ople are limited to about 9 grams, or roughly six boxes, of the decongestant in a 30-day period, said Mark Woodward, spokesman for the bureau.
Following the law, lab numbers dropped, Woodward said.
But today, those numbers are creeping back up as more people turn to the "one pot” or "shake and bake” method that requires much less equipment to make. Labs are often contained in a single 20-ounce soda bottle, Woodward said.
The ingredients for a "one pot” lab can be found at discount stores for under $25. Users can cook enough for one hit within a few hours. While labs are increasing, they produce less. Users are often cooking enough for themselves and a few friends. The labs are highly flammable. In 2009, Tulsa police reported 16 fires associated with methamphetamine labs, said Jason Willingham, the department’s spokesman.
Tulsa police said they first saw the "one pot” cooking method in 2008.
"Before, we were going into homes or hotel rooms and we’d see this process sitting there and we wouldn’t know what we were looking at,” Willingham said.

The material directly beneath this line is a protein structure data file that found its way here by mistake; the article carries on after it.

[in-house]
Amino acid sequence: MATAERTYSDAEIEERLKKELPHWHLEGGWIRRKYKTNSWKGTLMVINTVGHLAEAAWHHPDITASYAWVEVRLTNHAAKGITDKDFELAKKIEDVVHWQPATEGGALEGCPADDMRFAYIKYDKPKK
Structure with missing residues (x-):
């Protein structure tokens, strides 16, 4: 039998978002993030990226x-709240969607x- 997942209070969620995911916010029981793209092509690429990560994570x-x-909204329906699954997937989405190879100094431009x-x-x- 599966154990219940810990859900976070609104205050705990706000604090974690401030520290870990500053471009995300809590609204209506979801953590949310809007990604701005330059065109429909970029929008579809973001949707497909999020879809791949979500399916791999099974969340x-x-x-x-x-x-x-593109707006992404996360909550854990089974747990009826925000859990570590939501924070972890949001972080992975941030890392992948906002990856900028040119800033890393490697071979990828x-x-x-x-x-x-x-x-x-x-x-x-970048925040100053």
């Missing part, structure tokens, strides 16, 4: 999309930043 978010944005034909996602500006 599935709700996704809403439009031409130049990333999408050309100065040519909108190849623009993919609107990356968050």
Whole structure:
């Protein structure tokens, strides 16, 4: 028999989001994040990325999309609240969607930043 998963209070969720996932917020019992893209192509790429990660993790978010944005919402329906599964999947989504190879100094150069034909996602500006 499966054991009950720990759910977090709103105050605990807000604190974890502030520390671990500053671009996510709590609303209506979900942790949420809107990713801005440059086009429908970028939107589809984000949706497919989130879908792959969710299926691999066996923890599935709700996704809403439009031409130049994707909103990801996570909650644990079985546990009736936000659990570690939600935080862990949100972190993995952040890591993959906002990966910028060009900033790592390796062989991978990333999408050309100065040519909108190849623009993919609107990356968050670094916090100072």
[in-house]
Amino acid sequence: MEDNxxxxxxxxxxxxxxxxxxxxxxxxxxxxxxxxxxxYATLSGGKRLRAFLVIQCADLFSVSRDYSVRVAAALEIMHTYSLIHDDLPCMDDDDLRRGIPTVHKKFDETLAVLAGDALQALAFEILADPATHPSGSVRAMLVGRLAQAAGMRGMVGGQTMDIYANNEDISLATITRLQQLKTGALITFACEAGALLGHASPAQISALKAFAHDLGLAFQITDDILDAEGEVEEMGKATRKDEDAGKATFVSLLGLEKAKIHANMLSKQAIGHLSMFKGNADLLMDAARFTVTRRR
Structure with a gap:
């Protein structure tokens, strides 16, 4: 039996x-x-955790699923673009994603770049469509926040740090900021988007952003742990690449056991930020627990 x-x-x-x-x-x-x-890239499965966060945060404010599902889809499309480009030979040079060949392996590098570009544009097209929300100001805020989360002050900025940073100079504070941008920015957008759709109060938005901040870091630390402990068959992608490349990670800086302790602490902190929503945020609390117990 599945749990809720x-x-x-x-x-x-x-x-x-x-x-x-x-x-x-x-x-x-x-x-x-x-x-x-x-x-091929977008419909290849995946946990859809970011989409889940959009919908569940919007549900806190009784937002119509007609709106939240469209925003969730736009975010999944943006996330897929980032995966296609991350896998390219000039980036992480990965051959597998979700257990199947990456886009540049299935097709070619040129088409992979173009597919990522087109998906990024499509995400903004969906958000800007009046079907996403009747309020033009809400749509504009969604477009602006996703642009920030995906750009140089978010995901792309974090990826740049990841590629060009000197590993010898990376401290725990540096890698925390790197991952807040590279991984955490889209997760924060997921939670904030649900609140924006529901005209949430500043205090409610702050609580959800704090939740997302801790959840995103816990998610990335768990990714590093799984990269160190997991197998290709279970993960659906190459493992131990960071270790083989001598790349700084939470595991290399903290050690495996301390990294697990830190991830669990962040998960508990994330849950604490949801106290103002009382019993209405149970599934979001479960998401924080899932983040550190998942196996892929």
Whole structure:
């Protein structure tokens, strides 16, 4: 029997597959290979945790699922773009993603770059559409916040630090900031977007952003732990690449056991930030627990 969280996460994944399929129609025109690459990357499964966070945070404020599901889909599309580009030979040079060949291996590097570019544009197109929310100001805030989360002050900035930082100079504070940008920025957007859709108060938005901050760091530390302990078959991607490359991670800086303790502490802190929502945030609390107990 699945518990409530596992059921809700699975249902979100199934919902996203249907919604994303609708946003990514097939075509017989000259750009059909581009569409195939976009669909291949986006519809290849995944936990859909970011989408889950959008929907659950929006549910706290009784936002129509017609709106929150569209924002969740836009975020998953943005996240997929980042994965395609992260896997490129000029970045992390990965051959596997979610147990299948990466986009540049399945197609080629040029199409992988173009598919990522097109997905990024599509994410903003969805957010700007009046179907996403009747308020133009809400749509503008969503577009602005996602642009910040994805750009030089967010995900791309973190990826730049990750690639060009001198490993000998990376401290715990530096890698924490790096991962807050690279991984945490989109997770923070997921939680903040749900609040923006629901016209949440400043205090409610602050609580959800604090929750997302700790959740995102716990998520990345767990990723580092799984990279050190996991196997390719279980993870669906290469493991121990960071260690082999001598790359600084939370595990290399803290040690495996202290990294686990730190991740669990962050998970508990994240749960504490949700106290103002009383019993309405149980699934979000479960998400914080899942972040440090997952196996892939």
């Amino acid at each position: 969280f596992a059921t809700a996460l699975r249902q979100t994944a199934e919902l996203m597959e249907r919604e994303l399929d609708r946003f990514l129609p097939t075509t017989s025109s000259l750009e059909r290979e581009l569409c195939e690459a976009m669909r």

Law enforcement has started training utility crews, repairmen and state Department of Human Services caseworkers on the signs of the "one pot” meth lab.
Some in the law enforcement community say meth will continue to be a problem until pseudoephedrine becomes a prescription drug.
The Senate is expected to take up a bill that would create a registry banning meth offender buys. "This is a problem that’s honestly not being seen in a lot of places,” Willingham said. "Until that happens we’ll be known as the meth capital of the world.”